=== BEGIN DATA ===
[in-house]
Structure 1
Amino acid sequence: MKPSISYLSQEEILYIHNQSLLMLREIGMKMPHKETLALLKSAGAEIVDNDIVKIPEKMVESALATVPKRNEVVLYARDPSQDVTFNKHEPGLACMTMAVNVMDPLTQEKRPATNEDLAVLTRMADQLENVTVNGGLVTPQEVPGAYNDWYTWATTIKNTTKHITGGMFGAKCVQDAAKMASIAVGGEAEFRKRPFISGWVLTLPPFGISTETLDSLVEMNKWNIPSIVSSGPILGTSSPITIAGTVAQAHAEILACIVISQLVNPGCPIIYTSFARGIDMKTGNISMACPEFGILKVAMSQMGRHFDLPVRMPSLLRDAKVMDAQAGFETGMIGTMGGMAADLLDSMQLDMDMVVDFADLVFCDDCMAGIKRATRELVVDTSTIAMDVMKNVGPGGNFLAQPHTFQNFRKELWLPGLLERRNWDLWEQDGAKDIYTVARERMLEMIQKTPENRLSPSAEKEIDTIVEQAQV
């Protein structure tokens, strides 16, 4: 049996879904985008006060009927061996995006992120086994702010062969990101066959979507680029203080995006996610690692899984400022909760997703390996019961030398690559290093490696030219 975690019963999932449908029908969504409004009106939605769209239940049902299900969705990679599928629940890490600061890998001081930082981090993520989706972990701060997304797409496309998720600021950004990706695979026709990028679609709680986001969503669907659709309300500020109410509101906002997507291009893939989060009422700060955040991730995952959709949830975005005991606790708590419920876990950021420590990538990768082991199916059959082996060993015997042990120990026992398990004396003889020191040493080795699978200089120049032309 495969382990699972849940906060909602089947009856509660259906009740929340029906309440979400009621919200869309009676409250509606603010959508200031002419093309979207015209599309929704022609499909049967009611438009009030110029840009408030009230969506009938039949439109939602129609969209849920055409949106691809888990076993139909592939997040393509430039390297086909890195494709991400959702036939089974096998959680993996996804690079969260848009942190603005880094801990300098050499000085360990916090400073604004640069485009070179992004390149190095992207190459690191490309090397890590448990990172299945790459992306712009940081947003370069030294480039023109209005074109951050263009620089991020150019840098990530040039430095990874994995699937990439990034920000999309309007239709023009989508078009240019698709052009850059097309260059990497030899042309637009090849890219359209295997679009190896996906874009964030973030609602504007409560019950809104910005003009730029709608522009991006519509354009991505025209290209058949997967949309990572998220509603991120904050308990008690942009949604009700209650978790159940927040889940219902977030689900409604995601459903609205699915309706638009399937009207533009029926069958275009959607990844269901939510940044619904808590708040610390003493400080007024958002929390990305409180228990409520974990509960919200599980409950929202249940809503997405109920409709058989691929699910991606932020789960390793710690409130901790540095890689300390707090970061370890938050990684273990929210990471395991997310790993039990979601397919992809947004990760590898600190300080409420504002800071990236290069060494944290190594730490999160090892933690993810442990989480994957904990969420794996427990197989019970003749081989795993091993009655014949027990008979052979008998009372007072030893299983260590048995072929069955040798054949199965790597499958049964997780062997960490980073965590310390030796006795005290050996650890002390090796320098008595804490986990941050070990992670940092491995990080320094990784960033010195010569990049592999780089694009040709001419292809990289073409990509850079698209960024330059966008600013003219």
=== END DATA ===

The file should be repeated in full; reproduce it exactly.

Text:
[in-house]
Structure 1
Amino acid sequence: MKPSISYLSQEEILYIHNQSLLMLREIGMKMPHKETLALLKSAGAEIVDNDIVKIPEKMVESALATVPKRNEVVLYARDPSQDVTFNKHEPGLACMTMAVNVMDPLTQEKRPATNEDLAVLTRMADQLENVTVNGGLVTPQEVPGAYNDWYTWATTIKNTTKHITGGMFGAKCVQDAAKMASIAVGGEAEFRKRPFISGWVLTLPPFGISTETLDSLVEMNKWNIPSIVSSGPILGTSSPITIAGTVAQAHAEILACIVISQLVNPGCPIIYTSFARGIDMKTGNISMACPEFGILKVAMSQMGRHFDLPVRMPSLLRDAKVMDAQAGFETGMIGTMGGMAADLLDSMQLDMDMVVDFADLVFCDDCMAGIKRATRELVVDTSTIAMDVMKNVGPGGNFLAQPHTFQNFRKELWLPGLLERRNWDLWEQDGAKDIYTVARERMLEMIQKTPENRLSPSAEKEIDTIVEQAQV
């Protein structure tokens, strides 16, 4: 049996879904985008006060009927061996995006992120086994702010062969990101066959979507680029203080995006996610690692899984400022909760997703390996019961030398690559290093490696030219 975690019963999932449908029908969504409004009106939605769209239940049902299900969705990679599928629940890490600061890998001081930082981090993520989706972990701060997304797409496309998720600021950004990706695979026709990028679609709680986001969503669907659709309300500020109410509101906002997507291009893939989060009422700060955040991730995952959709949830975005005991606790708590419920876990950021420590990538990768082991199916059959082996060993015997042990120990026992398990004396003889020191040493080795699978200089120049032309 495969382990699972849940906060909602089947009856509660259906009740929340029906309440979400009621919200869309009676409250509606603010959508200031002419093309979207015209599309929704022609499909049967009611438009009030110029840009408030009230969506009938039949439109939602129609969209849920055409949106691809888990076993139909592939997040393509430039390297086909890195494709991400959702036939089974096998959680993996996804690079969260848009942190603005880094801990300098050499000085360990916090400073604004640069485009070179992004390149190095992207190459690191490309090397890590448990990172299945790459992306712009940081947003370069030294480039023109209005074109951050263009620089991020150019840098990530040039430095990874994995699937990439990034920000999309309007239709023009989508078009240019698709052009850059097309260059990497030899042309637009090849890219359209295997679009190896996906874009964030973030609602504007409560019950809104910005003009730029709608522009991006519509354009991505025209290209058949997967949309990572998220509603991120904050308990008690942009949604009700209650978790159940927040889940219902977030689900409604995601459903609205699915309706638009399937009207533009029926069958275009959607990844269901939510940044619904808590708040610390003493400080007024958002929390990305409180228990409520974990509960919200599980409950929202249940809503997405109920409709058989691929699910991606932020789960390793710690409130901790540095890689300390707090970061370890938050990684273990929210990471395991997310790993039990979601397919992809947004990760590898600190300080409420504002800071990236290069060494944290190594730490999160090892933690993810442990989480994957904990969420794996427990197989019970003749081989795993091993009655014949027990008979052979008998009372007072030893299983260590048995072929069955040798054949199965790597499958049964997780062997960490980073965590310390030796006795005290050996650890002390090796320098008595804490986990941050070990992670940092491995990080320094990784960033010195010569990049592999780089694009040709001419292809990289073409990509850079698209960024330059966008600013003219």